interrupt to speak a word of friendly encouragement to his horse.
As he came to a little bridge across a dry ravine he saw the figure
of a man standing upon it, clearly outlined against the gray background
of a misty forest. The man had something strapped on his back
and carried a heavy stick - obviously an itinerant peddler. His
attitude had in it a suggestion of abstraction, like that of a sleepwalker.
Mr. Cummings reined in his horse when he arrived in front of him, gave
him a pleasant salutation and invited him to a seat in the vehicle -
“if you are going my way,” he added. The man raised
his head, looked him full in the face, but neither answered nor made
any further movement. The minister, with good-natured persistence,
repeated his invitation. At this the man threw his right hand
forward from his side and pointed downward as he stood on the extreme
edge of the bridge. Mr. Cummings looked past him, over into the
ravine, saw nothing unusual and withdrew his eyes to address the man
again. He had disappeared. The horse, which all this time
had been uncommonly restless, gave at the same moment a snort of terror
and started to run away. Before he had regained control of the
animal the minister was at the crest of the hill a hundred yards along.
He looked back and saw the figure again, at the same place and in the
same attitude as when he had first observed it. Then for the first
time he was conscious of a sense of the supernatural and drove home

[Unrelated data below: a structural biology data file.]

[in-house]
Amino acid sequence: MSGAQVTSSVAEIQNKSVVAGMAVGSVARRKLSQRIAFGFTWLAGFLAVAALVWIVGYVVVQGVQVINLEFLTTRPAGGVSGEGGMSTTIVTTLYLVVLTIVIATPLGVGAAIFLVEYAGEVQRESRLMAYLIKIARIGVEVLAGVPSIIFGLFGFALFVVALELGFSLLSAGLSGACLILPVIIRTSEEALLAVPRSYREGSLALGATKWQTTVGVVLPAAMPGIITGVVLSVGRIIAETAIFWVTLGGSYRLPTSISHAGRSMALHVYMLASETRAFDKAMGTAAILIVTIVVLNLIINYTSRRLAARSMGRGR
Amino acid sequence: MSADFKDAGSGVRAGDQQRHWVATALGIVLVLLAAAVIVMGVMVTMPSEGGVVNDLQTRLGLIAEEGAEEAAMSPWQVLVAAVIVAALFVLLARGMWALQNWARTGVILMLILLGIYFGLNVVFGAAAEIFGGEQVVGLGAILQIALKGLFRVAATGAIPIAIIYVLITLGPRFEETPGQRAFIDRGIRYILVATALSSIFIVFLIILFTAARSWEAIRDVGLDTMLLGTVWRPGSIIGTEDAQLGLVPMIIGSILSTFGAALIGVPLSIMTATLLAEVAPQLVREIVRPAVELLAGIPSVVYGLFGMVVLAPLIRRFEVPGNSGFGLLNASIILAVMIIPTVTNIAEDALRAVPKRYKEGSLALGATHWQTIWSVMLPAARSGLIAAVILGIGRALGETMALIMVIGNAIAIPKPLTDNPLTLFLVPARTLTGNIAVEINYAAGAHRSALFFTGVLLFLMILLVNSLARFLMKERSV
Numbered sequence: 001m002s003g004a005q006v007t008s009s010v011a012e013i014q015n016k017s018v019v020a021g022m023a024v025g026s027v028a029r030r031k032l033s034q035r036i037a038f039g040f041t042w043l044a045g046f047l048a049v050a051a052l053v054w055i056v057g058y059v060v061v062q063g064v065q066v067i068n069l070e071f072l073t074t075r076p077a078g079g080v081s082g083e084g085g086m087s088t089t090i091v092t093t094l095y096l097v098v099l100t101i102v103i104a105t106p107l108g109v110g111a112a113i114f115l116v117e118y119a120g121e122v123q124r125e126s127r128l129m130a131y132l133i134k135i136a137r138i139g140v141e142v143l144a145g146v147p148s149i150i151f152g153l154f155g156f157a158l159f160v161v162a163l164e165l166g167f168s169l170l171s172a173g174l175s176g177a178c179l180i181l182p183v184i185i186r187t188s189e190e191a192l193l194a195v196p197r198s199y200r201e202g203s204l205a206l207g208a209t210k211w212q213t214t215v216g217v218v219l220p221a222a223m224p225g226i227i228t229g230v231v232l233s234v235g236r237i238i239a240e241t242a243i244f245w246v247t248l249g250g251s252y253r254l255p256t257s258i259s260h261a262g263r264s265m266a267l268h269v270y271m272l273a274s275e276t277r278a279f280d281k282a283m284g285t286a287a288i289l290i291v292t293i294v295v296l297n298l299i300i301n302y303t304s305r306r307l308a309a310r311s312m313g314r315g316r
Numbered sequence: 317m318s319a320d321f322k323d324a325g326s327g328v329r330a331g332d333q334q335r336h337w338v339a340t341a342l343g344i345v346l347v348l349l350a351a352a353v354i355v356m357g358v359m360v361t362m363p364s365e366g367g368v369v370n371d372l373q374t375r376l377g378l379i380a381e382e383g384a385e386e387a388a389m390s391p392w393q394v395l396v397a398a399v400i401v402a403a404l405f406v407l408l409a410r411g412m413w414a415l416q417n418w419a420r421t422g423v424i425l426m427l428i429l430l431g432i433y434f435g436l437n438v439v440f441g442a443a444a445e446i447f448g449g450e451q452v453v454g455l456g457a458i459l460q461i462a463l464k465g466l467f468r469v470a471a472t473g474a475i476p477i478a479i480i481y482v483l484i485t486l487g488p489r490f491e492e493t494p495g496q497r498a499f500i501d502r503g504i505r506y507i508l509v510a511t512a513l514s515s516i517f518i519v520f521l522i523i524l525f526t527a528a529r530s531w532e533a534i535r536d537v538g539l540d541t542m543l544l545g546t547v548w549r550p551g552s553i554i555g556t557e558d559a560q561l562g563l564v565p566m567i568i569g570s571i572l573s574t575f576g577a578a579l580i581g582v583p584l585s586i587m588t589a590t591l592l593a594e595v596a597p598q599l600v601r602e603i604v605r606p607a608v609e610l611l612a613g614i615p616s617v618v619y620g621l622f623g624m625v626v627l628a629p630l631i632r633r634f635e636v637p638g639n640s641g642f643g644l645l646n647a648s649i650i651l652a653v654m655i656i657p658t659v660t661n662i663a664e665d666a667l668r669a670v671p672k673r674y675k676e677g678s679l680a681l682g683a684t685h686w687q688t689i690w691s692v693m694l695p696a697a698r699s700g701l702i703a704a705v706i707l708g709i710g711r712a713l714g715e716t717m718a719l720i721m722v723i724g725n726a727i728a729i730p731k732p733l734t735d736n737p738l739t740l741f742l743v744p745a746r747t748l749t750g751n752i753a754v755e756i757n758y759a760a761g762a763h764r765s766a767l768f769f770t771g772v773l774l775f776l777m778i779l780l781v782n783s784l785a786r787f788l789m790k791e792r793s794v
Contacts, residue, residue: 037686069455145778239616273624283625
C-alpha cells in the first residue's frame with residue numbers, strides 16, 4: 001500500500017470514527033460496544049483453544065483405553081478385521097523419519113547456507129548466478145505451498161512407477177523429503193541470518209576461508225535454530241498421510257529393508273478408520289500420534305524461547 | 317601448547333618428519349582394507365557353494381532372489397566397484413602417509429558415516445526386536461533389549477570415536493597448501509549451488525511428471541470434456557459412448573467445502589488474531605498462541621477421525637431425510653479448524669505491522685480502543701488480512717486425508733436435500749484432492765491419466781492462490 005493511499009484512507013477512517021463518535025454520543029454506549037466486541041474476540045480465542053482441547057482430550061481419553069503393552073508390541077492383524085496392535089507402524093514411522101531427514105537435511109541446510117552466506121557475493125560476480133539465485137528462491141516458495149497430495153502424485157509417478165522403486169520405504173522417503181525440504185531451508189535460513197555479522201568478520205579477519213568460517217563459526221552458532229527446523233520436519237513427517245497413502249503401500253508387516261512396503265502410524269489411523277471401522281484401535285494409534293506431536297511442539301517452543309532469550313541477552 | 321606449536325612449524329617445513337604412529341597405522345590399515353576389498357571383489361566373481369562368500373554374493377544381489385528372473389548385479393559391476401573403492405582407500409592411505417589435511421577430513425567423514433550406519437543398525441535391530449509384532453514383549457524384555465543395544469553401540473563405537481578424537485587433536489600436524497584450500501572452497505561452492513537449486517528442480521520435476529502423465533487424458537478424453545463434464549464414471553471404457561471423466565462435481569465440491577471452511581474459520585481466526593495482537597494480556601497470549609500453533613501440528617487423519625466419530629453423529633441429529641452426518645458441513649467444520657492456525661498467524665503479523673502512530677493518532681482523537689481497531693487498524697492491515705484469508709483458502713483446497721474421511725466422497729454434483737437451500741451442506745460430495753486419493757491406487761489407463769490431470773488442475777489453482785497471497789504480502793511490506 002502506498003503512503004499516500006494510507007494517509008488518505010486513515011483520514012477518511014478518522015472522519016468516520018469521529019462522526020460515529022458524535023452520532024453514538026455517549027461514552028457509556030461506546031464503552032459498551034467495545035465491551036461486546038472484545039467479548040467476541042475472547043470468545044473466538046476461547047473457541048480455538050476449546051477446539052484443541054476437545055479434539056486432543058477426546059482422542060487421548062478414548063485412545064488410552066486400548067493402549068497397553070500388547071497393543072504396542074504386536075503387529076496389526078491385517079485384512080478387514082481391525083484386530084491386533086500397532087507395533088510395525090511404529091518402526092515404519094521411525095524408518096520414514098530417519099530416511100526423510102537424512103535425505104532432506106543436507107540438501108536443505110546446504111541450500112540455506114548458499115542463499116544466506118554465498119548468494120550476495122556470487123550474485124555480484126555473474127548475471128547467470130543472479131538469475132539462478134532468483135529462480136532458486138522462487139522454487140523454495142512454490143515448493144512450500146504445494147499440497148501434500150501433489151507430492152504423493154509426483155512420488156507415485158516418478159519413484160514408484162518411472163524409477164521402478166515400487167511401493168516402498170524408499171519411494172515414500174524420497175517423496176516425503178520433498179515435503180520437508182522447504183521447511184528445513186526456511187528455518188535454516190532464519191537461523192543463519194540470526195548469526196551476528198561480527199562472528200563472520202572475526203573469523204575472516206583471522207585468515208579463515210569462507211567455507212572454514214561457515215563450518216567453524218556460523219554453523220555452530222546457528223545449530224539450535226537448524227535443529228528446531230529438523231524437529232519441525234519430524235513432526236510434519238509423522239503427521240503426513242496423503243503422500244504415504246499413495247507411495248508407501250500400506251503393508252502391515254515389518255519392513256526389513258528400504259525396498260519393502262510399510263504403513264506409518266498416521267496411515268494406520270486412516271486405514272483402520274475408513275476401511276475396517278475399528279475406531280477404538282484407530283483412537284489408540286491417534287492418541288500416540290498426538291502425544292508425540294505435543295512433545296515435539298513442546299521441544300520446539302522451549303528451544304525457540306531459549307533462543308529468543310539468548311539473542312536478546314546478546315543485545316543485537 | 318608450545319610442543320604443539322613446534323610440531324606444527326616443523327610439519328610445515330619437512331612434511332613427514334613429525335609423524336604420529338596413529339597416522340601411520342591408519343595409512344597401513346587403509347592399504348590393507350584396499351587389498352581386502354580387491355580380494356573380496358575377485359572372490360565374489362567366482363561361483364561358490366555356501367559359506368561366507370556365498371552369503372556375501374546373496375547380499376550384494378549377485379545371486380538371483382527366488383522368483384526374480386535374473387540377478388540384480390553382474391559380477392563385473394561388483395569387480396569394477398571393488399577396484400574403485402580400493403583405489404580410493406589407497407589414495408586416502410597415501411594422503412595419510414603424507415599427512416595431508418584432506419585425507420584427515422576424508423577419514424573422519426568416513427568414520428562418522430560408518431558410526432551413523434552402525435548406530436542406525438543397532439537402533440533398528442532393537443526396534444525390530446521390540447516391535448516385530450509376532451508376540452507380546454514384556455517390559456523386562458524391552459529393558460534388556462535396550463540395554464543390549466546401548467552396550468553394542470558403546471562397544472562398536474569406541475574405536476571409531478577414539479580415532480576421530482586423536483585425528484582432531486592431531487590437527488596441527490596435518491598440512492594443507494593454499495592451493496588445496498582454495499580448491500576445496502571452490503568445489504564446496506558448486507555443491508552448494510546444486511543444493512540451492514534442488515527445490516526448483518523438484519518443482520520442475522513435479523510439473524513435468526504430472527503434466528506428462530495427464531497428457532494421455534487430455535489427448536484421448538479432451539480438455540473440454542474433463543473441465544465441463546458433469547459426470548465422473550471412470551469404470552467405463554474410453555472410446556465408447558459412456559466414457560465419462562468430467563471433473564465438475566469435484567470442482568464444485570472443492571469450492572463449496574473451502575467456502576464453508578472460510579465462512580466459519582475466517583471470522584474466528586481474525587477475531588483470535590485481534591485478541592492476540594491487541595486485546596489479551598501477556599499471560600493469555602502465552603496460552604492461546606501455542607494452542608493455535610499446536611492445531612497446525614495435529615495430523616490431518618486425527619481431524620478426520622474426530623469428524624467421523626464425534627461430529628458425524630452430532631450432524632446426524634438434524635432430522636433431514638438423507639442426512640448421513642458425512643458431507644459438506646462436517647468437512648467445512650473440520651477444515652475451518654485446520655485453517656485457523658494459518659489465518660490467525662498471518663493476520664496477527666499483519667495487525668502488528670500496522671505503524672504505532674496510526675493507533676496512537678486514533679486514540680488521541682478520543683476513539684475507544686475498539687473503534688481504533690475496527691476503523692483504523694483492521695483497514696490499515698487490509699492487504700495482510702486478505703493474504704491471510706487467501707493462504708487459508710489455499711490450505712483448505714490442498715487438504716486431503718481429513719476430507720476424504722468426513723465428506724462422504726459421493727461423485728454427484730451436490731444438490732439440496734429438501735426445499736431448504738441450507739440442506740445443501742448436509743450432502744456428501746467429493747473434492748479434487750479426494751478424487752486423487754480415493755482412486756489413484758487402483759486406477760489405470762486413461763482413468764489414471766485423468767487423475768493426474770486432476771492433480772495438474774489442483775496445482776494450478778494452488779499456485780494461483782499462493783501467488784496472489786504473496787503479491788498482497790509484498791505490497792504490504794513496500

as rapidly as his willing horse would go.
On arriving at home he related his adventure to his family, and early
the next morning, accompanied by two neighbors, John White Corwell and
Abner Raiser, returned to the spot. They found the body of old
man Baker hanging by the neck from one of the beams of the bridge, immediately
beneath the spot where the apparition had stood. A thick coating
of dust, slightly dampened by the mist, covered the floor of the bridge,
but the only footprints were those of Mr. Cummings’ horse.
In taking down the body the men disturbed the loose, friable earth of
the slope below it, disclosing human bones already nearly uncovered
by the action of water and frost. They were identified as those
of the lost peddler. At the double inquest the coroner’s
jury found that Daniel Baker died by his own hand while suffering from
temporary insanity, and that Samuel Morritz was murdered by some person
or persons to the jury unknown.
A COLD GREETING
This is a story told by the late Benson Foley of San Francisco:
“In the summer of 1881 I met a man named James H. Conway, a resident
of Franklin, Tennessee. He was visiting San Francisco for his
health, deluded man, and brought me a note of introduction from Mr.